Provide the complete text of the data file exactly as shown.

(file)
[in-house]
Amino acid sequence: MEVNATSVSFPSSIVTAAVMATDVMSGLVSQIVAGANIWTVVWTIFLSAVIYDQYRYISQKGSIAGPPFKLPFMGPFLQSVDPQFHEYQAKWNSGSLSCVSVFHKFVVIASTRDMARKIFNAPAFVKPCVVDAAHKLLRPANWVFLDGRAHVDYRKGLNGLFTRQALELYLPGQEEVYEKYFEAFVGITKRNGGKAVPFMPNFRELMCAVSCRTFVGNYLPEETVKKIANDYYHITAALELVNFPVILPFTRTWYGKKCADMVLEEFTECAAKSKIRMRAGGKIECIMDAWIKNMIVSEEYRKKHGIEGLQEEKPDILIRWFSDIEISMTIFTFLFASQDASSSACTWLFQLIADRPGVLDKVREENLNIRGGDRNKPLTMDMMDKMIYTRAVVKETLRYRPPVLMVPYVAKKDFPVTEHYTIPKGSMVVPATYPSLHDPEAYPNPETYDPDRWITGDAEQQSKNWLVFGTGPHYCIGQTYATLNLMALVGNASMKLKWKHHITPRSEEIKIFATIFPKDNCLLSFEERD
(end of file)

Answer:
[in-house]
Amino acid sequence: MEVNATSVSFPSSIVTAAVMATDVMSGLVSQIVAGANIWTVVWTIFLSAVIYDQYRYISQKGSIAGPPFKLPFMGPFLQSVDPQFHEYQAKWNSGSLSCVSVFHKFVVIASTRDMARKIFNAPAFVKPCVVDAAHKLLRPANWVFLDGRAHVDYRKGLNGLFTRQALELYLPGQEEVYEKYFEAFVGITKRNGGKAVPFMPNFRELMCAVSCRTFVGNYLPEETVKKIANDYYHITAALELVNFPVILPFTRTWYGKKCADMVLEEFTECAAKSKIRMRAGGKIECIMDAWIKNMIVSEEYRKKHGIEGLQEEKPDILIRWFSDIEISMTIFTFLFASQDASSSACTWLFQLIADRPGVLDKVREENLNIRGGDRNKPLTMDMMDKMIYTRAVVKETLRYRPPVLMVPYVAKKDFPVTEHYTIPKGSMVVPATYPSLHDPEAYPNPETYDPDRWITGDAEQQSKNWLVFGTGPHYCIGQTYATLNLMALVGNASMKLKWKHHITPRSEEIKIFATIFPKDNCLLSFEERD